Top 5 Odd-looking Cars ever invented

 

Creativity is subjective. Some may love it, while other may hate it. Here is to listing down a few odd looking cars!

 Photo Source:   pinimg

Photo Source: pinimg

Williams FW07D/7C
This F1 race car has SIX wheels! No, it is not photo shopped . As a matter of fact, the car even set a few track records. In creation of this car, the purpose is to improve straight-line speed and traction out of corners due to increased rubber contact. However, the car was also said to be “bloody heavy” because there was so many hardware on the car. There has been a rumor that the FIA banned six-wheeled cars from Formula 1 but that remains a mystery until today.

 Photo Source:   oldconceptcars

Photo Source: oldconceptcars

1942 Oeuf electrique
Looking like an egg, this electric egg car is designed by French Artist and Engineer, Paul Arzens in 1942 as a personal car. Electric cars already existed way before Elon Musk began to make it popular again. The car is made up of aluminum and curved Plexiglass.

 Photo Source:   revsinstitute

Photo Source: revsinstitute

Cadillac Le Monstre
I don’t know about you, but this looks like a tank to me. They called this “The monster” but it met all rules and regulations on the race track. American sportsman and legend, Briggs Cunnigham took this car to Le Mans in 1950. His creations were the first to compete at the 24 Hours and finished at 10th place.

 Photo Source:   classicdriver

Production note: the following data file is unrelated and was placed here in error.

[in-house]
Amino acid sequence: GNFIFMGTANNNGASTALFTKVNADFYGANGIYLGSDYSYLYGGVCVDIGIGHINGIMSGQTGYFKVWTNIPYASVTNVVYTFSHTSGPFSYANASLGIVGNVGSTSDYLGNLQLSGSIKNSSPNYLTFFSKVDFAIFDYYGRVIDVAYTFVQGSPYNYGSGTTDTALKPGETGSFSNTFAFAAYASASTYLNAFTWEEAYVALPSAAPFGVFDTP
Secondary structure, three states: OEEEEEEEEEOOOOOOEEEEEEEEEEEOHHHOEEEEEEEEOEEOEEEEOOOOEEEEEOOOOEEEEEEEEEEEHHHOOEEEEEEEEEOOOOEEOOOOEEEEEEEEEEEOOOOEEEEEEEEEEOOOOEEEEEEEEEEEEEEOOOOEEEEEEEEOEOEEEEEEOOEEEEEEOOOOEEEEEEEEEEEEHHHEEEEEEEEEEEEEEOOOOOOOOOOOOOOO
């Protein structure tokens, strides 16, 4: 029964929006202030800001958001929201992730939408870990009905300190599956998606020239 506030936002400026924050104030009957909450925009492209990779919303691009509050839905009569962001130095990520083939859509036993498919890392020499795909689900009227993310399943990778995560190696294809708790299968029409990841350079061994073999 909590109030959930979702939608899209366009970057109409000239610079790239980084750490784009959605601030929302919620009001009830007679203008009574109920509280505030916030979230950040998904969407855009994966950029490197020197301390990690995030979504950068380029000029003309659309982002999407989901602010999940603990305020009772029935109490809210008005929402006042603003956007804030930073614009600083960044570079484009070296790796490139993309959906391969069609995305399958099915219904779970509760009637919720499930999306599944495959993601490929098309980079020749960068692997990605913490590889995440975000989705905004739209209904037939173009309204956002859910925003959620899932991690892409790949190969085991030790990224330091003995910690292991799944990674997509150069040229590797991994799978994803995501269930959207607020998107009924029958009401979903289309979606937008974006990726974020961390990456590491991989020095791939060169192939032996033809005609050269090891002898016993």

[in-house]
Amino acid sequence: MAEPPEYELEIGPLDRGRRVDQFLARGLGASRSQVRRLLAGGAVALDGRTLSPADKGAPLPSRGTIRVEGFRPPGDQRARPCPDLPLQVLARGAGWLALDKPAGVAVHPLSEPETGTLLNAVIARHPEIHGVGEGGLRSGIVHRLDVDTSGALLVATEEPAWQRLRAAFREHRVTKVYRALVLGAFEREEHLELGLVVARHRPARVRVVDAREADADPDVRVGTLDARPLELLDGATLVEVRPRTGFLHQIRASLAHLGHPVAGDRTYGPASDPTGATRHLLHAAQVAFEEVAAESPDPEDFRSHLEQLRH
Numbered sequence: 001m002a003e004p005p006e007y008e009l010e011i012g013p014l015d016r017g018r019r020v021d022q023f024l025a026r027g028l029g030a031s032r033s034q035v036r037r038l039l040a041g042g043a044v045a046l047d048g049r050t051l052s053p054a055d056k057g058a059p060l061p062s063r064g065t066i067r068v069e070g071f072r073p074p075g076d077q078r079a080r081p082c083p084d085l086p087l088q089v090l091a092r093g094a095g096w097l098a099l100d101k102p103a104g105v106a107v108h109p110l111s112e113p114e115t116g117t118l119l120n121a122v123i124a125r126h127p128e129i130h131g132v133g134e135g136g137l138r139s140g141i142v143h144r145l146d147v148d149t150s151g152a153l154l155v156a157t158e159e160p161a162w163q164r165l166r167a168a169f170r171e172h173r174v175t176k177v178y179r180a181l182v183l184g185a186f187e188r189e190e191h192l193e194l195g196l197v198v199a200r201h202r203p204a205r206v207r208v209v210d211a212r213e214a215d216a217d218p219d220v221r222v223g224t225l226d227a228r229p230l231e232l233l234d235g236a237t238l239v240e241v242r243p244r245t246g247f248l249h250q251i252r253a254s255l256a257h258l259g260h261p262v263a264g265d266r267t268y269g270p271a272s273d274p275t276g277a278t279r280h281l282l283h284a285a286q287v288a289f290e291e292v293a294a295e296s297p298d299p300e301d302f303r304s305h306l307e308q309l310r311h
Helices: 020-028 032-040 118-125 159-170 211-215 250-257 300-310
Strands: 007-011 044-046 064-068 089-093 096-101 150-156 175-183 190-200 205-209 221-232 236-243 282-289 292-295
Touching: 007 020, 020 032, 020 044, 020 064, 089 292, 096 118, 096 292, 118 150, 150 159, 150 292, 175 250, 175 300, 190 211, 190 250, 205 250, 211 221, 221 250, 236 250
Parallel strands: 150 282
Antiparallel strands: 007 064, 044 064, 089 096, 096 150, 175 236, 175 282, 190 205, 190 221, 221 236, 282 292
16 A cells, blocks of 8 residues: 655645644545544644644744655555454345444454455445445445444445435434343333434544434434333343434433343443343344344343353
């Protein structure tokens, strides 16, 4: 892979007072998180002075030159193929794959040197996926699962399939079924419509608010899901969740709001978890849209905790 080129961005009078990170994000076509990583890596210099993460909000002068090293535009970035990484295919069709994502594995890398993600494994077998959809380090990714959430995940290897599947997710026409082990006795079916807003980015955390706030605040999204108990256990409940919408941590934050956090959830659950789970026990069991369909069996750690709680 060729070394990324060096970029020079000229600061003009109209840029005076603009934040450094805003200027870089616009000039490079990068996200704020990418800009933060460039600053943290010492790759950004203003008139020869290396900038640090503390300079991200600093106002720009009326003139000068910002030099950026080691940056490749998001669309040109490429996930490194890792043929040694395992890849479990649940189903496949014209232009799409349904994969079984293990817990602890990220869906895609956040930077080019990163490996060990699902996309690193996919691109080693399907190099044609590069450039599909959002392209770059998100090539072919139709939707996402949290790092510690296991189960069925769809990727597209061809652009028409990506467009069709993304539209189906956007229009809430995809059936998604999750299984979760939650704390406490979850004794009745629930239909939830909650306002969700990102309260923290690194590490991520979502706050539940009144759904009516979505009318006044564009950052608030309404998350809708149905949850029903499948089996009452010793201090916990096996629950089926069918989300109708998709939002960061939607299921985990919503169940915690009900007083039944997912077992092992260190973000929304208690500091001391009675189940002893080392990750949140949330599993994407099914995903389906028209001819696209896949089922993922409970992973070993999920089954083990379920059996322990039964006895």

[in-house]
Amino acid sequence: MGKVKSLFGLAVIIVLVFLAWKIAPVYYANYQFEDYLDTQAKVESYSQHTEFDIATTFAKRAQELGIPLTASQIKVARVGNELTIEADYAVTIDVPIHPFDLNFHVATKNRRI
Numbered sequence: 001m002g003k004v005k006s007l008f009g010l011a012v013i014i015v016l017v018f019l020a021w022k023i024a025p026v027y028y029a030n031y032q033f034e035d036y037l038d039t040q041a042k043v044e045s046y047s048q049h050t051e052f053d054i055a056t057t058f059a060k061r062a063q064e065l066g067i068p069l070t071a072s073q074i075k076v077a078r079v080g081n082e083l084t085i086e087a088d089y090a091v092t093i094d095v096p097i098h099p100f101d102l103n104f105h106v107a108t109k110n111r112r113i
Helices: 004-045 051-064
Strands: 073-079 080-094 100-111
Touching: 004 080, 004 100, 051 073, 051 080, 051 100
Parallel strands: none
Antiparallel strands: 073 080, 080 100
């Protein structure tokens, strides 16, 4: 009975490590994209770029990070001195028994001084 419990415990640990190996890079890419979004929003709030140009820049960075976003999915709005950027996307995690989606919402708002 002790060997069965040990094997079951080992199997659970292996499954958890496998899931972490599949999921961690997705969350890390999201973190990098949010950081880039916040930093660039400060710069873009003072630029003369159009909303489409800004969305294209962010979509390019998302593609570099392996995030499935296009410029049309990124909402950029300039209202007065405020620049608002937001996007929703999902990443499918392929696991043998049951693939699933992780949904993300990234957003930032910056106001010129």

Photo Source: classicdriver

1970 Ferrari (Pininfarina) 512 S Modulo
Many says that this car is the weirdest looking Ferrari ever built in history. This space-ship looking car is one of a kind. It is a race car and got its fame when it ran against the Porsche 917 at Le Mans. It was debuted at the Geneva Motor show in year 1970 with its original black paint. However, they changed it to white and it became an icon ever since. Today, the car is acquired by collector, James Glickenhaus.

 Photo Source:   nydailynews

Photo Source: nydailynews

1932 Ford Speedster
This Ford looks amazingly low and long. The long front made the back seemed rather small. This creation is the brainchild of Edsel Ford. Today, this car is known as a “Hot Rod” icon. There was no top, bumpers or running boards. The car was purchased by John Cox who had no idea what the value and the history behind the car was and completely disassembled it. Shortly after that, it was realized to be Edsel’s creation of the Speedster. After Cox’s passing, the current owner took over 5 years to restore the car to its original condition.